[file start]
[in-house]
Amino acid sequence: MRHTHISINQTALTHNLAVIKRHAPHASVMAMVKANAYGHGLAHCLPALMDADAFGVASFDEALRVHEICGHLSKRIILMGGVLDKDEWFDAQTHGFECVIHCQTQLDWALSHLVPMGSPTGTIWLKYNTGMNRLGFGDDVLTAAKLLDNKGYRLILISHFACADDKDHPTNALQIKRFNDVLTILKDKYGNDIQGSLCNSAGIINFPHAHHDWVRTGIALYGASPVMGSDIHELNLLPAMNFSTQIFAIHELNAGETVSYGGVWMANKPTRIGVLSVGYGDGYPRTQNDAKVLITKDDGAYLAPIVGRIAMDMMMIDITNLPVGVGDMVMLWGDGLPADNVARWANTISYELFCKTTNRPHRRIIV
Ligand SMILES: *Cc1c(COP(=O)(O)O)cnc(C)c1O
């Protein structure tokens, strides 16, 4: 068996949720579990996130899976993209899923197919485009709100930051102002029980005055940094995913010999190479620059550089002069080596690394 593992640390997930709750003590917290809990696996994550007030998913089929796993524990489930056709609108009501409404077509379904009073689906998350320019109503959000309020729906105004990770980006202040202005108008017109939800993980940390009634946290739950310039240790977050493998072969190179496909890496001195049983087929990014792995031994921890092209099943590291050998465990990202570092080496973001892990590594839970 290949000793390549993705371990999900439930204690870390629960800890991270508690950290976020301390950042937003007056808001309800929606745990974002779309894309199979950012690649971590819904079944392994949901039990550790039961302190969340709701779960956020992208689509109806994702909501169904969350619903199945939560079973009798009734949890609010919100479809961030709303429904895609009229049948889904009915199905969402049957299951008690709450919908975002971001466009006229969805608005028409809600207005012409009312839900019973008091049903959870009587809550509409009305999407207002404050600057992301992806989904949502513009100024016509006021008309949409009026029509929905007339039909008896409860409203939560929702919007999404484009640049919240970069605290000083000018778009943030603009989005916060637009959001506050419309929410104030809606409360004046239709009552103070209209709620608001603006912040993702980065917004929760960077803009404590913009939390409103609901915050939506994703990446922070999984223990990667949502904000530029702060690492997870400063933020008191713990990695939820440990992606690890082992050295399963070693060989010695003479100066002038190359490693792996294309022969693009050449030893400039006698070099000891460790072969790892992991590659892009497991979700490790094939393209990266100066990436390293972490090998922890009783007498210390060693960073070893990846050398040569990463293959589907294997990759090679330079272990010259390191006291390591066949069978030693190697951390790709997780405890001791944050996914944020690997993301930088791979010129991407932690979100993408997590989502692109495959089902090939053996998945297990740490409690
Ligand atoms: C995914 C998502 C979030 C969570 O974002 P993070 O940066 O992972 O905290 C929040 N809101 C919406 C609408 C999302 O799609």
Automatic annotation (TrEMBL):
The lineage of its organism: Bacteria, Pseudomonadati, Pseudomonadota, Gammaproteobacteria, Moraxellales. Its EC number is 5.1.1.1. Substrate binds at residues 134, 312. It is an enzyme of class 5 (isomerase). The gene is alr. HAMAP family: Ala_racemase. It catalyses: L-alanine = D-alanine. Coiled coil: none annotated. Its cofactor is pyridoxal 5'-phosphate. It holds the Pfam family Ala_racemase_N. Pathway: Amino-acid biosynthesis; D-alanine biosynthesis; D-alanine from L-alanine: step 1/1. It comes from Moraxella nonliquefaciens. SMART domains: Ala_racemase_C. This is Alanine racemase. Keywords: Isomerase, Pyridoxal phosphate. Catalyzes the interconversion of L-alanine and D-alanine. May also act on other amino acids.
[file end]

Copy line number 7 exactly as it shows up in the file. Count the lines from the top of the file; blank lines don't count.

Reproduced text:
The lineage of its organism: Bacteria, Pseudomonadati, Pseudomonadota, Gammaproteobacteria, Moraxellales. Its EC number is 5.1.1.1. Substrate binds at residues 134, 312. It is an enzyme of class 5 (isomerase). The gene is alr. HAMAP family: Ala_racemase. It catalyses: L-alanine = D-alanine. Coiled coil: none annotated. Its cofactor is pyridoxal 5'-phosphate. It holds the Pfam family Ala_racemase_N. Pathway: Amino-acid biosynthesis; D-alanine biosynthesis; D-alanine from L-alanine: step 1/1. It comes from Moraxella nonliquefaciens. SMART domains: Ala_racemase_C. This is Alanine racemase. Keywords: Isomerase, Pyridoxal phosphate. Catalyzes the interconversion of L-alanine and D-alanine. May also act on other amino acids.